Too Big to Indict
It is a dark day for the rule of law. Federal and state authorities have chosen not to indict HSBC, the London-based bank, on charges of vast and prolonged money laundering, for fear that criminal prosecution would topple the bank and, in the process, endanger the financial system. They also have not charged any top HSBC banker in the case, though it boggles the mind that a bank could launder money as HSBC did without anyone in a position of authority making culpable decisions.
Clearly, the government has bought into the notion that too big to fail is too big to jail. When prosecutors choose not to prosecute to the full extent of the law in a case as egregious as this, the law itself is diminished. The deterrence that comes from the threat of criminal prosecution is weakened, if not lost.
In the HSBC case, prosecutors may want the public to focus on the $1.92 billion settlement, which includes forfeiture of $1.26 billion and other penalties, as well as requirements to improve its internal controls and submit to the oversight of an outside monitor for the next five years. But even large financial settlements are small compared with the size of international major banks. More important, once criminal sanctions are considered off limits, penalties and forfeitures become just another cost of doing business, a risk factor to consider on the road to profits.
There is no doubt that the wrongdoing at HSBC was serious and pervasive. Several foreign banks have been fined in recent years for flouting United States sanctions against transferring money through American subsidiaries on behalf of clients in countries like Iran, Sudan and Cuba. HSBC’s actions were even more egregious. According to several law enforcement officials with knowledge of the inquiry, prosecutors found that, for years, HSBC had also moved tainted money from Mexican drug cartels and Saudi banks with ties to terrorist groups.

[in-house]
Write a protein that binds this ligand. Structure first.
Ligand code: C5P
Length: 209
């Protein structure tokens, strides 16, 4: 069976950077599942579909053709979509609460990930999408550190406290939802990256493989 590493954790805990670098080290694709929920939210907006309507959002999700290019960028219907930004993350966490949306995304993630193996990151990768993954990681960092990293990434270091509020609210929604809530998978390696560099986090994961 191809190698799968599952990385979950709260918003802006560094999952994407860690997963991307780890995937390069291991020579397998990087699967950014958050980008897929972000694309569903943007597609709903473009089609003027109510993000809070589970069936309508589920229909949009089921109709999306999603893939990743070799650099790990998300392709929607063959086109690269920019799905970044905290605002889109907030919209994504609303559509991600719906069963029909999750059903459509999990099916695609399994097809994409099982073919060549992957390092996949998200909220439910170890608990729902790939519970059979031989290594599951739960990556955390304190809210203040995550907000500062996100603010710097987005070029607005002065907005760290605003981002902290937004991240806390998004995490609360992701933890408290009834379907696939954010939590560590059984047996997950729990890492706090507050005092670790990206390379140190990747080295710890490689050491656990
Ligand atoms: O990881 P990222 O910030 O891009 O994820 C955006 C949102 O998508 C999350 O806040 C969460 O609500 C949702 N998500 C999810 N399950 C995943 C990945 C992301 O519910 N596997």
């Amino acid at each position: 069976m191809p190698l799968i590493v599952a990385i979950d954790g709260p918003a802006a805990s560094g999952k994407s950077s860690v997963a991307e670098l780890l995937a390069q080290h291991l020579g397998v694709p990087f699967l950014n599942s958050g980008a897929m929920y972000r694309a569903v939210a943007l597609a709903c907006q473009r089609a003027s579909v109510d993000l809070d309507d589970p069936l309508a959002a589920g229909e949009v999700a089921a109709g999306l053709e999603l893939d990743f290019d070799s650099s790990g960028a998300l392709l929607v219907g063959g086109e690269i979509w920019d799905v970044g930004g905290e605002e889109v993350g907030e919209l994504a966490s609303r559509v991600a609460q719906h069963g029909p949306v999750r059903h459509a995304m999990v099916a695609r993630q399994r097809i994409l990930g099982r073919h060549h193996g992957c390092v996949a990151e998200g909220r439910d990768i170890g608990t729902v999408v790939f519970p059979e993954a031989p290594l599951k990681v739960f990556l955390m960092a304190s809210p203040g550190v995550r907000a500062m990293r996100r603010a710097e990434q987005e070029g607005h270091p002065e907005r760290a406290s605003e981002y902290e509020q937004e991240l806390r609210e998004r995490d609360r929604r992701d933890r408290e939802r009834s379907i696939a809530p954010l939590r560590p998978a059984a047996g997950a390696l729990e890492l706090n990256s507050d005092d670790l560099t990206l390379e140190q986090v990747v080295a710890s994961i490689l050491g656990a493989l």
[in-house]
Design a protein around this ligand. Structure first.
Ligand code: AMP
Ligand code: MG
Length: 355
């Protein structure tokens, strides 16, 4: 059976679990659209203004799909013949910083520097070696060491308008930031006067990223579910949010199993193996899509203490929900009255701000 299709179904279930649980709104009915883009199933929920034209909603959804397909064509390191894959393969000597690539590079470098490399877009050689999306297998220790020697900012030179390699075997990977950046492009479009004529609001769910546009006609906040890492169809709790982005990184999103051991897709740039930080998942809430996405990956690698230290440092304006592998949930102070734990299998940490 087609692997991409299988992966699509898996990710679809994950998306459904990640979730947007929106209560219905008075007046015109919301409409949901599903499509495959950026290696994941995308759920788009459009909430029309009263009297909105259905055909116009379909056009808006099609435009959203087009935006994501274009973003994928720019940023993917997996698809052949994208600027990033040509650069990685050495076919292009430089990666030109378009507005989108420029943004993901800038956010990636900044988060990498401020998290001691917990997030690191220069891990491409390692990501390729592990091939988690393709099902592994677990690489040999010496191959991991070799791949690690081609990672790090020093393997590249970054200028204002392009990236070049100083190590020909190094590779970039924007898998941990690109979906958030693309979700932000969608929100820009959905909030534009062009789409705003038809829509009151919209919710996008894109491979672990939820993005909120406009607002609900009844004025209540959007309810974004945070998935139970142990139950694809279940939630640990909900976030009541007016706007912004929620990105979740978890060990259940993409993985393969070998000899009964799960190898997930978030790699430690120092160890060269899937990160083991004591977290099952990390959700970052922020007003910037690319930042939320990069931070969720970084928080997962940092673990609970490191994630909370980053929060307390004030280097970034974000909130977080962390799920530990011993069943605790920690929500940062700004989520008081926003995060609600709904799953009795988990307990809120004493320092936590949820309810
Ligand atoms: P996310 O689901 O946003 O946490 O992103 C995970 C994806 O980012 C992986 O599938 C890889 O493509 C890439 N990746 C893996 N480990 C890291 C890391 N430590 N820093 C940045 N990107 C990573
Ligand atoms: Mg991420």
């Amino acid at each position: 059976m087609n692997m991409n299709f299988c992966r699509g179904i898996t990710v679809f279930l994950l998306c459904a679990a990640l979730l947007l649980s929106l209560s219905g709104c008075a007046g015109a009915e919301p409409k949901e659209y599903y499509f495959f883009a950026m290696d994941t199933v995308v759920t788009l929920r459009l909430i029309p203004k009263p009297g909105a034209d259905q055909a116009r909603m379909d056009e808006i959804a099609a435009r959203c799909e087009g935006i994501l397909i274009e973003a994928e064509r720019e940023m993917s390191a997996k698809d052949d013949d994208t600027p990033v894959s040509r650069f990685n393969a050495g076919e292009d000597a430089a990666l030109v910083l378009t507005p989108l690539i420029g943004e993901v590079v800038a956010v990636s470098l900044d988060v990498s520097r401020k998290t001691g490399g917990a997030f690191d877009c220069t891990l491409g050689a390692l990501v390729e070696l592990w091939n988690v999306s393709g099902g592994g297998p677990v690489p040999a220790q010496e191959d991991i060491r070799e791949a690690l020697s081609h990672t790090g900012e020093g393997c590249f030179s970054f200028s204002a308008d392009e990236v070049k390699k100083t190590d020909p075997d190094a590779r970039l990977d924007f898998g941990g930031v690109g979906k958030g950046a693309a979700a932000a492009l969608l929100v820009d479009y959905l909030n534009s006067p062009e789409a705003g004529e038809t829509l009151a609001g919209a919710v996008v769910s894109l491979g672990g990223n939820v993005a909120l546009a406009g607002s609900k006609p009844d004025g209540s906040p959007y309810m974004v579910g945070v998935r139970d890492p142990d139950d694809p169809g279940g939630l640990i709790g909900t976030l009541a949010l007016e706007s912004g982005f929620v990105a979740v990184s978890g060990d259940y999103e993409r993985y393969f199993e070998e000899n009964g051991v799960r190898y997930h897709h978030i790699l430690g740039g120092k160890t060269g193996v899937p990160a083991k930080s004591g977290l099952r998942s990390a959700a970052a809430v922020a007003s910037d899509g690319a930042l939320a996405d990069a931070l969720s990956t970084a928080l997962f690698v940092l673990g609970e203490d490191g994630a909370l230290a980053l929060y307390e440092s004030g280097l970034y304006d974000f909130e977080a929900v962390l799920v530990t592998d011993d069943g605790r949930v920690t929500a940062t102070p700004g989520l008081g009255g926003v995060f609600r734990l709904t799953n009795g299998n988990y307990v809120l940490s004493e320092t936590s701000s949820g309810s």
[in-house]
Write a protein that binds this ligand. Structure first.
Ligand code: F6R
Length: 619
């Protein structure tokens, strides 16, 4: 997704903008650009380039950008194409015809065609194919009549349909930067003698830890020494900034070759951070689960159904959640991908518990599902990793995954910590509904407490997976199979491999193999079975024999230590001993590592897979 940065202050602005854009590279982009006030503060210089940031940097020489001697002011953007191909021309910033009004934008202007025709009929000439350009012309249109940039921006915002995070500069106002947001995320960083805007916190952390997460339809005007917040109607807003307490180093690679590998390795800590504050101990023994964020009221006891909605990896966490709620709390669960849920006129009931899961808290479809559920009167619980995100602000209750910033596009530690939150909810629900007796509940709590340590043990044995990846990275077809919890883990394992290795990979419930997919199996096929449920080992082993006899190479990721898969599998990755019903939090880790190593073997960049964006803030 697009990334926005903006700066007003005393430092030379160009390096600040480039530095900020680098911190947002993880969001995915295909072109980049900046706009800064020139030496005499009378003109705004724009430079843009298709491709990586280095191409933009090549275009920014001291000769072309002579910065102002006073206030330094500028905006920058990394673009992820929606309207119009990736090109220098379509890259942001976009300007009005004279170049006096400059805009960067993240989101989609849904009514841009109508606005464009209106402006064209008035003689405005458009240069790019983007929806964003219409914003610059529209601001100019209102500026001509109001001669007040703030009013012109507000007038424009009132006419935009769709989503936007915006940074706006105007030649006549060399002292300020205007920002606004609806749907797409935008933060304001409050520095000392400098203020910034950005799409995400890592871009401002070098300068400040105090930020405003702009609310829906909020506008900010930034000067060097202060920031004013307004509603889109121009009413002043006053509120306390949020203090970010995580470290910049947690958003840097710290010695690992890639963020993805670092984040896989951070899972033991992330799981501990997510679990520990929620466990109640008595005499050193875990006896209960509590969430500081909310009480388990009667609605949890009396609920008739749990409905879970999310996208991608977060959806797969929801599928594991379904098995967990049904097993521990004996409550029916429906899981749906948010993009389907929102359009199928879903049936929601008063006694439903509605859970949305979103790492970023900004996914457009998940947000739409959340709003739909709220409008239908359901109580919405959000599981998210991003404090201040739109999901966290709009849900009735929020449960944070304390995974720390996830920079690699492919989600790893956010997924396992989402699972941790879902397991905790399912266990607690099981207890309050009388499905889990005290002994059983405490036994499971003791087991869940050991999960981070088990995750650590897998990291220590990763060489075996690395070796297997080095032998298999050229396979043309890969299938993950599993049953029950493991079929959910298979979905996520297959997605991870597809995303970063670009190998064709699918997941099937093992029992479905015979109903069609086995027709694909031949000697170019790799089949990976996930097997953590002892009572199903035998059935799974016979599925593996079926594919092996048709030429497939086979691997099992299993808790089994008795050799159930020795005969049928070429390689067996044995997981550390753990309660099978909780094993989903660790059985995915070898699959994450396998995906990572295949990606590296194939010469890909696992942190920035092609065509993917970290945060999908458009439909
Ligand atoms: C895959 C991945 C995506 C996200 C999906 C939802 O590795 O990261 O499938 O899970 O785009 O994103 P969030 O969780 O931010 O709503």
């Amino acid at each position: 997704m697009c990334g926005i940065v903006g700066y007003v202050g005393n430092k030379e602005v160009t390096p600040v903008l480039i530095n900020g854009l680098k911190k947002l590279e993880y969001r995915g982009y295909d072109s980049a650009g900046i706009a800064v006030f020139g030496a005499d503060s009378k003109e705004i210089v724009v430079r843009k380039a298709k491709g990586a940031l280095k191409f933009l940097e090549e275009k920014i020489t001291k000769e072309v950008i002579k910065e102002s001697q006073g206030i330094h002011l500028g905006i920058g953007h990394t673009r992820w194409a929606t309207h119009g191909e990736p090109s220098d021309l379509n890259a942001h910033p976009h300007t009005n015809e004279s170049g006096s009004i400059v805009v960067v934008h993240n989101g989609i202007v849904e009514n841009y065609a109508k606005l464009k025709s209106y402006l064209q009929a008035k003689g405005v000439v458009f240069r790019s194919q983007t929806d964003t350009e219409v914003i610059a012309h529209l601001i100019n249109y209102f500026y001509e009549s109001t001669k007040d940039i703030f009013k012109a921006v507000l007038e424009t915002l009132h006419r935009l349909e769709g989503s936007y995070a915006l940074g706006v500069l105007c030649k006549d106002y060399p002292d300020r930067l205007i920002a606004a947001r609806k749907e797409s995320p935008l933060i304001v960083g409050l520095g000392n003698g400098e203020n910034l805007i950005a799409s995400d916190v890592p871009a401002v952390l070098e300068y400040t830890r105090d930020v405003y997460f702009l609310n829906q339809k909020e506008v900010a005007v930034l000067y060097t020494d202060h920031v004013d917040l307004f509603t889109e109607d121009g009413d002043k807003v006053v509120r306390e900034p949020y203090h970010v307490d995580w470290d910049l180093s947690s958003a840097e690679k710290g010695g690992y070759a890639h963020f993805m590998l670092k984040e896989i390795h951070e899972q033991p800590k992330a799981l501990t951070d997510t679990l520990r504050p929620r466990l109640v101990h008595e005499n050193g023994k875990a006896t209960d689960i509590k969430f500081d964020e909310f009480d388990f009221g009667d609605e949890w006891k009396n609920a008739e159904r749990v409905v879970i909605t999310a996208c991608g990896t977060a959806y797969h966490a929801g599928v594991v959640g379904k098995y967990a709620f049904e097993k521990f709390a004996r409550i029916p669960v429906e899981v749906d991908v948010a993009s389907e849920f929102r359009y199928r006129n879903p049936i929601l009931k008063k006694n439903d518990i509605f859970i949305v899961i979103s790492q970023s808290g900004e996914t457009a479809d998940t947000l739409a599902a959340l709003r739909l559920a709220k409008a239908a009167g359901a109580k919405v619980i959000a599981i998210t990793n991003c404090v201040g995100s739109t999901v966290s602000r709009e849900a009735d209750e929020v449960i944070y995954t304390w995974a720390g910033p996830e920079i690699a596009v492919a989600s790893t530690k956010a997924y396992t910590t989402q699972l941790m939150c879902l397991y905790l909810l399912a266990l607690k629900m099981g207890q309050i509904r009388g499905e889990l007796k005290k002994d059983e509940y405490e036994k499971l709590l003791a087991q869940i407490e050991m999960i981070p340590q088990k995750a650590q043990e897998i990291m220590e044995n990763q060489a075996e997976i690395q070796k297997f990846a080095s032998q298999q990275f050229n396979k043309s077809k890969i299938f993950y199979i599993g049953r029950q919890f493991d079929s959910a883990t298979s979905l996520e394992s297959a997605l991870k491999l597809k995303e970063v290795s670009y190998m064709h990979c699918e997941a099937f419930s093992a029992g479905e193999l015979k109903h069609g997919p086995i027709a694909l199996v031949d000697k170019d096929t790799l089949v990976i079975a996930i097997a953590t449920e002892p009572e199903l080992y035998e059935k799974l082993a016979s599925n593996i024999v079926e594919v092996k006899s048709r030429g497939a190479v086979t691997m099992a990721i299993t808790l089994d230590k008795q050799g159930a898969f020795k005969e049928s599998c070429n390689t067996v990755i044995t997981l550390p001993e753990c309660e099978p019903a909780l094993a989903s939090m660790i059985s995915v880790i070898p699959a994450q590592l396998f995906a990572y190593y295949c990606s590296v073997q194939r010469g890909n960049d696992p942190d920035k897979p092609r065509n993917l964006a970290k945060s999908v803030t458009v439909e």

Those findings echo those of a Congressional report, issued in July, which said that between 2001 and 2010, HSBC exposed the American “financial system to money laundering and terrorist financing risks.” Prosecutors and Congressional investigators were also alarmed by indications that senior HSBC officials might have been complicit in the illegal activity and that the bank did not tighten its lax controls against money laundering even after repeated urgings from federal officials.
Yet government officials will argue that it is counterproductive to levy punishment so severe that a bank could be destroyed in the process. That may be true as far as it goes. But if banks operating at the center of the global economy cannot be held fully accountable, the solution is to reduce their size by breaking them up and restricting their activities — not shield them and their leaders from prosecution for illegal activities.